- The Washington Times - Thursday, July 16, 2015

John Travolta infamously butchered her name as “Adele Dazeen” before millions watching the 2014 Oscars telecast. But singer and actress Idina Menzel, in the best tradition of showbiz, rolled with the unexpected, performing best original song “Let It Go” flawlessly for the worldwide audience.

“We make a lot of jokes behind the scenes,” Miss Menzel told The Washington Times, adding that she has been tempted to pay the “favor” forward to other celebrities. Before introducing Mariah Carey at this year’s Billboard Music Awards, the New Yorker thought, “Wouldn’t people think it funny if I called her ‘Maria Curry’ or something,” she said with a laugh. “Then we decided no, that wouldn’t go over well.”

While Mr. Travolta’s gaffe became the stuff of Internet legend, it also gave Miss Menzel a bigger push onto the world stage — helped by the incredible staying power of “Let It Go” from the animated film “Frozen.”

“It’s very important to me that even though my profile has gotten bigger because of ‘Frozen,’ that I’m still able to connect with every single person in that audience,” Miss Menzel said of her world tour, which stops at Jiffy Lube Live in Bristow, Virginia, on Saturday evening. “That’s challenging to do the bigger the venues get.”

Miss Menzel came to the concert stage by way of Broadway, having originated the role of Maureen Johnson in “Rent” in 1996. Then came “Wicked” with Kristen Chenoweth, which turned the story of “The Wizard of Oz” on its head, and for which Miss Menzel was awarded a Tony for best leading actress in a musical for portraying Elphaba, the Wicked Witch of the West.

“People in the theater are like athletes, especially singers,” Miss Menzel said. “We have to train and stretch and build up our endurance and be able to perform under all different kinds of circumstances. [It] keeps me at a certain level of what I expect from myself.”

With a seeming affinity for new works, Miss Menzel headlined the New York premiere of “If/Then” last year, with music by Tom Kitt, whom she describes as “one of the most talented people I know.” The show won multiple Broadway.com audience awards, including favorite new musical.

The Great White Way prepared Miss Menzel for multiple costume changes, but one of the upsides of her solo show, she said, is getting to embody a “character” without switching garb.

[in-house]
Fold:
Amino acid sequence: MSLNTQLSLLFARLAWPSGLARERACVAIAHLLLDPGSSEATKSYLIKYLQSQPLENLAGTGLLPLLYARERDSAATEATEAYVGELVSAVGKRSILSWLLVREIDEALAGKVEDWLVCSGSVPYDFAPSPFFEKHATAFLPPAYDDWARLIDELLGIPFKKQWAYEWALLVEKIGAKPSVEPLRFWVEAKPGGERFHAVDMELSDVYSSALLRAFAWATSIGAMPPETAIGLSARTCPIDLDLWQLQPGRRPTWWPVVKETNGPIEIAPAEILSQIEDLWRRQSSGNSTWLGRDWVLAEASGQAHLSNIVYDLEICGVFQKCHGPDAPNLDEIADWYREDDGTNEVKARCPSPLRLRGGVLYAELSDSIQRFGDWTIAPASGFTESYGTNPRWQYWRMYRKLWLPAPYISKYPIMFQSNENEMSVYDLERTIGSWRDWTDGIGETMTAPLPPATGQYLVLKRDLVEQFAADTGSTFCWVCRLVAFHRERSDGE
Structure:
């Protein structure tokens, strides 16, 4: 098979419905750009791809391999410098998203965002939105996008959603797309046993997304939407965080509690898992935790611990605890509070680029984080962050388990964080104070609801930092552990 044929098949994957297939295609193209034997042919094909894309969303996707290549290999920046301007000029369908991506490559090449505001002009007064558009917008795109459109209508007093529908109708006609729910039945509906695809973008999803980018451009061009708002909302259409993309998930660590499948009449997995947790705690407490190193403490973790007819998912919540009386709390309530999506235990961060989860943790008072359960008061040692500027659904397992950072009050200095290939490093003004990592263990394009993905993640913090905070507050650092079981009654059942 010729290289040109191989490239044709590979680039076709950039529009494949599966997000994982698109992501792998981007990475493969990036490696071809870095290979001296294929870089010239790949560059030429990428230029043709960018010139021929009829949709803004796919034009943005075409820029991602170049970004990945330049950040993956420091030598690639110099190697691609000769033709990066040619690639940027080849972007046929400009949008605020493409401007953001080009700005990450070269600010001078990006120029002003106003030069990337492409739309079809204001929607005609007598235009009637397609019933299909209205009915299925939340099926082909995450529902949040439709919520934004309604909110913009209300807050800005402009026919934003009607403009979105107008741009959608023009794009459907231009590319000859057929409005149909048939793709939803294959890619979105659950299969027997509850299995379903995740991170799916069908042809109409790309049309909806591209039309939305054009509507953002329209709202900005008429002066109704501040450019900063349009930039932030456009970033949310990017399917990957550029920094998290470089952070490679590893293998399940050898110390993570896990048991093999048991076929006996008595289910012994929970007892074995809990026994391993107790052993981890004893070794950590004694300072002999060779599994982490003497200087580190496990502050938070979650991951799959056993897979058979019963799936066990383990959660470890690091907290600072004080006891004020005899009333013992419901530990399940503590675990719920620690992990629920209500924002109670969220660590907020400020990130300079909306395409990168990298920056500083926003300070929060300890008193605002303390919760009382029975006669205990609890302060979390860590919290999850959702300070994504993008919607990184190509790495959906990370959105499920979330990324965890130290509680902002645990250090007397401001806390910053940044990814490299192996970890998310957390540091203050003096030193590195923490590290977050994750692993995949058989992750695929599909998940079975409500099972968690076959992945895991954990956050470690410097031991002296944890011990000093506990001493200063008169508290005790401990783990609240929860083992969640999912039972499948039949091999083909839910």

“[If] I’m in green makeup as a witch or just up there in jeans and bare feet singing my songs I still have to take a risk and make myself really vulnerable in front of a live audience,” Miss Menzel said, “and allow myself to be seen, if you will. It’s still the soul of who I am that’s behind it all.

“Being in my own concert, I can take a breath, take my time, change the order of the set. And yet I’m singing for two hours straight — just me.”

Audience favorites from “Rent” will be on the tour bill, she said, because “I can put my microphone out and the audience can sing along. I make sure I include those songs that people really want to hear.”

She said spontaneity keeps her performances fresh, whether it be her “wardrobe malfunction” at Radio City Music Hall or a slipped four-letter word in front of young children in the front rows.

“I want to be perfect all the time, but I know that the more interesting performances aren’t,” she said. “They’re the ones with imperfections, where you’re going to feel something much more true and honest and idiosyncratic.”

The entertainer hopes she can encourage other women to get rid of their fears and pursue their dreams.

“I think [being] strong, fierce women [is] something we grapple with,” she said. “[Women] can somehow suppress that because we’re afraid of seeming threatening or being disliked.”

Miss Menzel is keen to maintain onstage the energy she had as a young woman, which is key to connecting with her young fans, be they girls or boys.

“When I look back on my younger self I just knew that I was going to do something special with my life, and people were going to know who I was because of my singing and acting,” the singer said. “As you get older maybe you’re more aware of the world and the things people say about you.

“So I try to harness that younger self and [recall] that she wouldn’t have taken no for an answer and just knew she was good at what she did.”

The young lady who had so much self-confidence grew to be a woman who could turn a potentially uncomfortable moment on the world’s stage into humor. About a year after Mr. Travolta’s infamous flub, Miss Menzel introduced him at an event as “Glom Gazingo.” The “Saturday Night Fever” star joined her at the podium, all smiles, and the two shared a good-natured hug and a laugh.

Timelessness is part of Miss Menzel’s musical repertoire, she said, whether it be themes of love or empowerment.

“Every show, every song is just part of a different time in the chronology of your life,” she said. “A certain song can hit me in a different way on a different night or different time in my life. I think that’s what’s so beautiful about what I do.”

• Eric Althoff can be reached at twt@washingtontimes.com.

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